With my beginning levels, I started teaching novels. It was going decently, but still many students didn’t enjoy them. I didn’t feel like I was reaching as many students as I wanted. However, after studying how more people used novels in class and developing my units, I have realized my biggest mistakes and how I have started to counter them in class. This has made my novel units much more successful- and now I have at least two novels to read in each level.
My first mistake was almost always reading as a group and translating aloud. Now this can be valuable, but it also gets tedious as we continued to do this chapter after chapter. I have found that if you have taught enough of the vocabulary, it is also not always needed. However, this is typically how I start the first chapter. This gives students confidence about what they can do. Then, I change it up. Instead of reading aloud, I will give them reading guides for a chapter then we can continue to discuss important points. On my Facebook page, I recently shared a reading guide that I used for chapter 2 with Frida Kahlo. I also like to have students use whiteboards, and we will pause, so students can illustrate different aspects of the book. This provides a quick brain break, and I can provide more input- or ask students what they drew! With my level 5, I am also going to have them read independently and respond to my questions on Flipgrid. I wouldn’t try this with earlier levels since it may be a bit too difficult. I have also put some questions on PearDeck which allows students to answer longer questions, multiple choice and also draw. This provides a nice balance of all of them. I can put it on student-paced, or we can go through a chapter together with PearDeck.
I have written about this before, but I was also horrible about Reader’s Theater! I had two main problems- we were reading it WHILE they were trying to act it out. The actors got antsy. Reader’s Theater is the best AFTER reading. This will reinforce the concepts, and students really enjoy it, so they aren’t frustrated that they are hearing the information twice. Also, my other big mistake was having students reenact the whole chapter! Even in beginning readers- it was too long. There were some parts that were not suitable to even reenact. Again, both readers and actors got antsy. I suggest keeping it to one page or a page and a half if there is a larger continuous stage. This year when we reenact it, I will have someone create a video to be included in our year end video.
Also, if you want to include all students in the re-enactment, I suggest digital storytelling! I have students use Snapchat (although now they could also use Instagram Stories) to take pictures AND edit them. They can also include a caption in the target language. It is fun when they also add stickers to explain it more. Then, they download the picture instead of publishing it. (Although, they could also publish it.) This way, they can submit it to you without you even having to be on Snapchat. Students snapchat so much, they can do this in about 15 minutes.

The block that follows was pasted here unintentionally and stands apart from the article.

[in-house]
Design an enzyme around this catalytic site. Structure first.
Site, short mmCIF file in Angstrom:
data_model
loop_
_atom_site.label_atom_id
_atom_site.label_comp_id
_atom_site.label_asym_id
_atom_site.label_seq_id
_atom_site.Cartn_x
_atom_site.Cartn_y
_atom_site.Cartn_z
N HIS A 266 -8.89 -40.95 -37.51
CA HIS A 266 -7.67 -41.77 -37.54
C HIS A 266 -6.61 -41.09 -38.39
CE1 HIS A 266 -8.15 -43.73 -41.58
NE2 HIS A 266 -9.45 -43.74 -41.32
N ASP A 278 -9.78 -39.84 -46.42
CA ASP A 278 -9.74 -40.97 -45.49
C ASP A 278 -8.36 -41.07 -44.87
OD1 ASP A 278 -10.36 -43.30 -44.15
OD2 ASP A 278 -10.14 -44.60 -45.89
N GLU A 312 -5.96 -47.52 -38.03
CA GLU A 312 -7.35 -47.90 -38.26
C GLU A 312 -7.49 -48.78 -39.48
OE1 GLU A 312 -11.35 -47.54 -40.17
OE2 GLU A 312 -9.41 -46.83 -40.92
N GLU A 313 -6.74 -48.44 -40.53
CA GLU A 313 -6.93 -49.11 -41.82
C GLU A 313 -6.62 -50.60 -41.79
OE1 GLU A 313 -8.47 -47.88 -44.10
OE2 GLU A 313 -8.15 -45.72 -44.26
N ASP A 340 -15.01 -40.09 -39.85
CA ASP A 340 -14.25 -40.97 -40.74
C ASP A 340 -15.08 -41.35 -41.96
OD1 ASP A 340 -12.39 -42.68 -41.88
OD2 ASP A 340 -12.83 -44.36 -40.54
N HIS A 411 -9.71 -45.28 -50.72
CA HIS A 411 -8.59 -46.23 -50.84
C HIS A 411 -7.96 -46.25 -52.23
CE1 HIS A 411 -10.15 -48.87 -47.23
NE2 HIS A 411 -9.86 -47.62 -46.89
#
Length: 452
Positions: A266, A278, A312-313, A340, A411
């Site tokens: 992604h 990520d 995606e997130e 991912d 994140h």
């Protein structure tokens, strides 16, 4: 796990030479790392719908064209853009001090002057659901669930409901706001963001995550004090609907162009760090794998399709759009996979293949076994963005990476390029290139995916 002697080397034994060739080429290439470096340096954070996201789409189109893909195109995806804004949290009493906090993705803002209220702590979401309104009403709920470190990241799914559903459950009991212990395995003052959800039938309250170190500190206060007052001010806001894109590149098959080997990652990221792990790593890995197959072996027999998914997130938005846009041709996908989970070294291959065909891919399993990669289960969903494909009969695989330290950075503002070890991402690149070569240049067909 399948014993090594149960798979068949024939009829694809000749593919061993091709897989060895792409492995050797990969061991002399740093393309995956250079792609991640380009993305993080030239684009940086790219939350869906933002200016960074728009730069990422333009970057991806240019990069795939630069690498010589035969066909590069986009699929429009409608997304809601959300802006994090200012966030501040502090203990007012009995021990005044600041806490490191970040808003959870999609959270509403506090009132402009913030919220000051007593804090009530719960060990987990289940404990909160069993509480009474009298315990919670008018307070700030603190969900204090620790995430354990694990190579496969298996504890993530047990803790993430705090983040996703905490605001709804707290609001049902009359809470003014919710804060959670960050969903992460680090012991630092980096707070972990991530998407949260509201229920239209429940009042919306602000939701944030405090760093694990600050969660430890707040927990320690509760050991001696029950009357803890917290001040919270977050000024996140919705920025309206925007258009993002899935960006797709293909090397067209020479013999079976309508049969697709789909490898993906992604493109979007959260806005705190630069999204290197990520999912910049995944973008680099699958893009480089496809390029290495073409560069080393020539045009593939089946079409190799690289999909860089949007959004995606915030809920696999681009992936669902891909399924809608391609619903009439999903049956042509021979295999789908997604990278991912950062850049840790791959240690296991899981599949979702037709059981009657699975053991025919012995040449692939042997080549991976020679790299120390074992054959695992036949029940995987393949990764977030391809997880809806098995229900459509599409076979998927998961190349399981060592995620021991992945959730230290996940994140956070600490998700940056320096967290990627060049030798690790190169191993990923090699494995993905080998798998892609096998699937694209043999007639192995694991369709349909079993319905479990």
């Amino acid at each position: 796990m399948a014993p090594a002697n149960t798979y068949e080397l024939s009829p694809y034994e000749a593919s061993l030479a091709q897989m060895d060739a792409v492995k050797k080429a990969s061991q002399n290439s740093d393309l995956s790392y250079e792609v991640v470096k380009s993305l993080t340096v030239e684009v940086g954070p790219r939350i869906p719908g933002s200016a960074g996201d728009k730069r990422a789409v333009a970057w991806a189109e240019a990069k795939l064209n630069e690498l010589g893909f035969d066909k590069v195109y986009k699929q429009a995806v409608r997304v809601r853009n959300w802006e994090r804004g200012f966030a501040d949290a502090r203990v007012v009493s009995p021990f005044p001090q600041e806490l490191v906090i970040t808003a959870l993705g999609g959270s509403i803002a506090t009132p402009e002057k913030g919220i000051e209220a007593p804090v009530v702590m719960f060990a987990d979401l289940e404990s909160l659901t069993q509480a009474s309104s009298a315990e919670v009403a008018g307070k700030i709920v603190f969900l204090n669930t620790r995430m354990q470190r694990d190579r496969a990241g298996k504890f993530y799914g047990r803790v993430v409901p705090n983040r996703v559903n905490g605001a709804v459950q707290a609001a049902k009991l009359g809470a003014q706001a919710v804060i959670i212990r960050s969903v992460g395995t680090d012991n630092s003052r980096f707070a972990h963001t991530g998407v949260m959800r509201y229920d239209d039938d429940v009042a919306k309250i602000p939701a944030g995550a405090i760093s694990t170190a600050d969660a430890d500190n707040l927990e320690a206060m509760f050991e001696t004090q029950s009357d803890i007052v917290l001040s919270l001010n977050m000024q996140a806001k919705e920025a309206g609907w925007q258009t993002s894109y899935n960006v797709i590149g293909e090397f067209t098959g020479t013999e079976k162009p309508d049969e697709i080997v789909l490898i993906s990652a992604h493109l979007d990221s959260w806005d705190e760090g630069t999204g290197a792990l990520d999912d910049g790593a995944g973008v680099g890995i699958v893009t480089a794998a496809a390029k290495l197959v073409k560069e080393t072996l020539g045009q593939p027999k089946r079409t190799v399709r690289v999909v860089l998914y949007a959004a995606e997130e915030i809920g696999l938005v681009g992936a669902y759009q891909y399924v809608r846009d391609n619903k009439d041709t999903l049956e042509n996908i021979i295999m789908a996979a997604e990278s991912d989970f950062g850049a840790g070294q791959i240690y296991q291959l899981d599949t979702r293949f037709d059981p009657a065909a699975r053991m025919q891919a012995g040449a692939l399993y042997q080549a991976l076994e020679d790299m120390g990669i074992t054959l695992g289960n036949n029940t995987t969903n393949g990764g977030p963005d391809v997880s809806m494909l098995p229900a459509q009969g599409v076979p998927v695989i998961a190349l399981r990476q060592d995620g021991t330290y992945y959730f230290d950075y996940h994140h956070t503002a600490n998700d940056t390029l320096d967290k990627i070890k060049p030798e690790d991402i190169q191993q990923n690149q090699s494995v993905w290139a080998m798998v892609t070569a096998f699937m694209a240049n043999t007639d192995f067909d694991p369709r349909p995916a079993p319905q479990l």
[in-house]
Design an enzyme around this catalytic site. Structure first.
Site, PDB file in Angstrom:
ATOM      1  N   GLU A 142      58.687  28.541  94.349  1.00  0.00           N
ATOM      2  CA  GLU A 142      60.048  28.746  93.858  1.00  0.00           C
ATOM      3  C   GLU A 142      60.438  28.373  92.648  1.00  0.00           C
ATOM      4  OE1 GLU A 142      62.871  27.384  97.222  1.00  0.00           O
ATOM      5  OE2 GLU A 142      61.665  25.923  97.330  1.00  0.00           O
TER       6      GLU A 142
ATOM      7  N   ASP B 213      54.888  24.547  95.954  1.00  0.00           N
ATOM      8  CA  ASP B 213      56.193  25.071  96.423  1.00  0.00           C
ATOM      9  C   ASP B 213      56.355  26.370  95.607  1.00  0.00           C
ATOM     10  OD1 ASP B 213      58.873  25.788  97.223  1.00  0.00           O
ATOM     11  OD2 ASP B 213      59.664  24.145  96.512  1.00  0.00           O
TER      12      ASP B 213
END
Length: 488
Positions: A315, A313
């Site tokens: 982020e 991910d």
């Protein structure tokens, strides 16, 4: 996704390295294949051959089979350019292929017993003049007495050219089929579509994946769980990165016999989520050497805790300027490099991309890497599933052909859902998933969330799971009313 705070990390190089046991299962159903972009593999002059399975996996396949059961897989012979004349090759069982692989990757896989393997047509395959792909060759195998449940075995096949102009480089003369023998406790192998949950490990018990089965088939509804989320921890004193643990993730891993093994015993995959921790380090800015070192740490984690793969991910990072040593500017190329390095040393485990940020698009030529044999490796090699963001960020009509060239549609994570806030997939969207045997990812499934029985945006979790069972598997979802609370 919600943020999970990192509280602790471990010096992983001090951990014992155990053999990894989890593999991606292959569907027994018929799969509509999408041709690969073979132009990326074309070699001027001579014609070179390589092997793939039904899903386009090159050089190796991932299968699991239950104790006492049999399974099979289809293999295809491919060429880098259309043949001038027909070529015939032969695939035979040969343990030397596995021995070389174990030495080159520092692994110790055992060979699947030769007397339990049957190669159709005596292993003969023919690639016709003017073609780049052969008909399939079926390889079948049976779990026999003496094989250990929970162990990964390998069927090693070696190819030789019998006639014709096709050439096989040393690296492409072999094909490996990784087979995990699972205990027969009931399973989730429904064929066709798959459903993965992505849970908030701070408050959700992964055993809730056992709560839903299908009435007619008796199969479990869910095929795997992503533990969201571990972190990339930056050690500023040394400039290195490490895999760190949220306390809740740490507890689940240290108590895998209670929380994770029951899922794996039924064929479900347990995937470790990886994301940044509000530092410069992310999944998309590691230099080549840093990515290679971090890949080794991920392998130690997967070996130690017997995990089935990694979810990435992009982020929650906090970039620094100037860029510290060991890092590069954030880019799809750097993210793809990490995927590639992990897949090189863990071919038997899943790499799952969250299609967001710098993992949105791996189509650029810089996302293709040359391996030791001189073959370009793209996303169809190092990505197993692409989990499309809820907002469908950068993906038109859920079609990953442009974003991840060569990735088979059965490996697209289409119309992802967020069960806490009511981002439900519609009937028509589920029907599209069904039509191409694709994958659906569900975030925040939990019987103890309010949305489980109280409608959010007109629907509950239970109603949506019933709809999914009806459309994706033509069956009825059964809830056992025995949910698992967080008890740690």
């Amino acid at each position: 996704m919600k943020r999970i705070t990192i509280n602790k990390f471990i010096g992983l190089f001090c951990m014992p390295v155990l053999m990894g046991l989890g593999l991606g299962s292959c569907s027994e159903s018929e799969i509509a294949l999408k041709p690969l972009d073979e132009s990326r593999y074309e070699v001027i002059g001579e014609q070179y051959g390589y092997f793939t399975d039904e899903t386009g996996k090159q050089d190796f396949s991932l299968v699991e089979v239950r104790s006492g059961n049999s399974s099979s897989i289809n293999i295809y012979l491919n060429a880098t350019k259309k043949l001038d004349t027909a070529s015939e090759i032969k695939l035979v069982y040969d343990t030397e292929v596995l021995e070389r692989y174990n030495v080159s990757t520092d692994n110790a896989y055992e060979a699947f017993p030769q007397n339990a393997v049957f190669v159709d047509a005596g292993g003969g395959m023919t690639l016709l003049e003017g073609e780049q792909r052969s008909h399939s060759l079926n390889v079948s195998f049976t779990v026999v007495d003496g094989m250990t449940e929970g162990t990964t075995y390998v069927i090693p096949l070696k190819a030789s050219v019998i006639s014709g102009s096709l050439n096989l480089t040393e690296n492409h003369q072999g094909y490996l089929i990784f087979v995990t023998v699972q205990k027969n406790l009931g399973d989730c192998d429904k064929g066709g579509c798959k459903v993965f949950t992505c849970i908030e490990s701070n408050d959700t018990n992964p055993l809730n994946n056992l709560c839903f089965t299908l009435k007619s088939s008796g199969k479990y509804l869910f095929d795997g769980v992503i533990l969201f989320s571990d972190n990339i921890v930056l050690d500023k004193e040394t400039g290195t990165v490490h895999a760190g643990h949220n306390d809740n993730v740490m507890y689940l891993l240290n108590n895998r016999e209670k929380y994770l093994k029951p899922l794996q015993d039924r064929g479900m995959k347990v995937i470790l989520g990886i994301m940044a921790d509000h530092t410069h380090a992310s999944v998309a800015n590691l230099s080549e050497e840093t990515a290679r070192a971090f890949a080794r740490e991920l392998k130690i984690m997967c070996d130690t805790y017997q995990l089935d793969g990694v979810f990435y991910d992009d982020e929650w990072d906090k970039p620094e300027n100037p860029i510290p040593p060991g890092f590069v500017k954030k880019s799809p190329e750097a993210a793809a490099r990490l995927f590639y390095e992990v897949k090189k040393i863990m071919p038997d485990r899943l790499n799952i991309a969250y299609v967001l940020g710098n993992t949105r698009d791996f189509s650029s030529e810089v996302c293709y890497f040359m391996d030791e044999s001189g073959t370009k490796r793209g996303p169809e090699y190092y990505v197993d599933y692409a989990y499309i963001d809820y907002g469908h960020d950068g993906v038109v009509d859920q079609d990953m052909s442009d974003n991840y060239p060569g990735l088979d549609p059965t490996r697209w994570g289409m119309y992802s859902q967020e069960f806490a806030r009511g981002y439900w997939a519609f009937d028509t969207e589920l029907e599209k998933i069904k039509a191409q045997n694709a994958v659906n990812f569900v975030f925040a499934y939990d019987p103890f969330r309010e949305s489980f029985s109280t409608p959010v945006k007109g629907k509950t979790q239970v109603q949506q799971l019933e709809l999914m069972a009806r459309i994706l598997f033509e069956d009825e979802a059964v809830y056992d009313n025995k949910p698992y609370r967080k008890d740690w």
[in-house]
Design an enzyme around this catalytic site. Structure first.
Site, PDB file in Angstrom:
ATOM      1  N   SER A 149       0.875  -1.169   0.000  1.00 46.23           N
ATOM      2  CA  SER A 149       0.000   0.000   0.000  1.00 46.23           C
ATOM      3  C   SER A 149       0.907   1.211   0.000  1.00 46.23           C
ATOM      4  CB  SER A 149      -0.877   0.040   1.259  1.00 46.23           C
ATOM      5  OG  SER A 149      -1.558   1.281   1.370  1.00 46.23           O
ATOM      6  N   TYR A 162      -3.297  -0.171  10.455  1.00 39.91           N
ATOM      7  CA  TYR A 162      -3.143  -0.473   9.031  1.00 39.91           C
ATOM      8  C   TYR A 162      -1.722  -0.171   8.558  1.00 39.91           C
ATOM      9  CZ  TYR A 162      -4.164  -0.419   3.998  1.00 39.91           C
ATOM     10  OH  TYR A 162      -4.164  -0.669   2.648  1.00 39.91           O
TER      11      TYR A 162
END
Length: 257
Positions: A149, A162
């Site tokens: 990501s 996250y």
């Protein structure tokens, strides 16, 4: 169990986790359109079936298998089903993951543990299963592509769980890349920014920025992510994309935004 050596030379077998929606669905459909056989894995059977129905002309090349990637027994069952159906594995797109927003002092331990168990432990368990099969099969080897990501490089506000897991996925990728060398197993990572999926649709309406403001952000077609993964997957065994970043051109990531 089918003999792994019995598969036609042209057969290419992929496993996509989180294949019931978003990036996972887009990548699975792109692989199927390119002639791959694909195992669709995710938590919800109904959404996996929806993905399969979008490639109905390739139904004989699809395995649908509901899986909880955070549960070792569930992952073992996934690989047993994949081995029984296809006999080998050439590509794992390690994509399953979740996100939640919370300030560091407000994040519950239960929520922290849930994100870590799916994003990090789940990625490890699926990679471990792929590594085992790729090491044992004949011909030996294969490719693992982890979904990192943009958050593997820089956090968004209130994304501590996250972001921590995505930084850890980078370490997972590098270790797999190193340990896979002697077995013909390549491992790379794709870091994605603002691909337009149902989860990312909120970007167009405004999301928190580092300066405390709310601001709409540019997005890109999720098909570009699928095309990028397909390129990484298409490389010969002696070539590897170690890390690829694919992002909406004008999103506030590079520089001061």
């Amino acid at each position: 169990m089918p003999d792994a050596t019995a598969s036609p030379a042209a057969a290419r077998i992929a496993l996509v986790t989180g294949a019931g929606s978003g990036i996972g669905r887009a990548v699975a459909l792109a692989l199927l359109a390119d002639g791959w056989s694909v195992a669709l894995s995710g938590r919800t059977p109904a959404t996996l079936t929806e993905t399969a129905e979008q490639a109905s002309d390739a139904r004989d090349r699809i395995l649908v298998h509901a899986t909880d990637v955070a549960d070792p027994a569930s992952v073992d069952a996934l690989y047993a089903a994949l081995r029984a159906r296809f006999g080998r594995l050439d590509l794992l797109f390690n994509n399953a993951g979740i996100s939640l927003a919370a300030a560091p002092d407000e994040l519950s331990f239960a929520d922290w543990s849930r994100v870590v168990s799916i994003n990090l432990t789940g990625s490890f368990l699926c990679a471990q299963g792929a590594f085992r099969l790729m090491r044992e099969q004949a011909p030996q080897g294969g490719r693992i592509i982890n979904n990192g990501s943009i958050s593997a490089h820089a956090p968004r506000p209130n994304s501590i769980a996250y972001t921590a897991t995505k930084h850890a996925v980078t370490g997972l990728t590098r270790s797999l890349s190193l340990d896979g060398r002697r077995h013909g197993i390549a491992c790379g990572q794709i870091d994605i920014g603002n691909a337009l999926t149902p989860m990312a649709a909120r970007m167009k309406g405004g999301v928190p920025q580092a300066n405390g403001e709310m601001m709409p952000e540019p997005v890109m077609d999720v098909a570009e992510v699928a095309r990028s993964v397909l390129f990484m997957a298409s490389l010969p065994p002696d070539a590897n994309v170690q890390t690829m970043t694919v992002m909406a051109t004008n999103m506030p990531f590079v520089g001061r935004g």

My last mistake was not incorporating the great culture that is included in the novels. I tried some, but I could have included much more! We can listen to music from the country where the novel is written. In Billy y las botas, we made sure to listen to the song El Burrito Sabanero before the sweater sings it. Before another chapter in Frida that mentions the Mexican Revolution, I had students complete a short EdPuzzle to give them background before it is mentioned in the unit. I also put together an EdPuzzle for Chichén Itzá before Billy y las botas go there on a date. There are so many concepts that could be covered; I encourage you to find some that you know your students will like and you enjoy discussing as well.
Finally, my newest tool to use with novels is Goosechase! You can come up with a scavenger hunt to give clues throughout the scavenger hunt. I tried this last year with vocabulary, but Sharon had awesome ideas on how to use it with novels. If you can, I encourage you to try it!
Originally, I believed that it would be really easy to use novels in class, but it definitely takes some time to figure it out. How do you incorporate novels? Were there any lessons that you learned?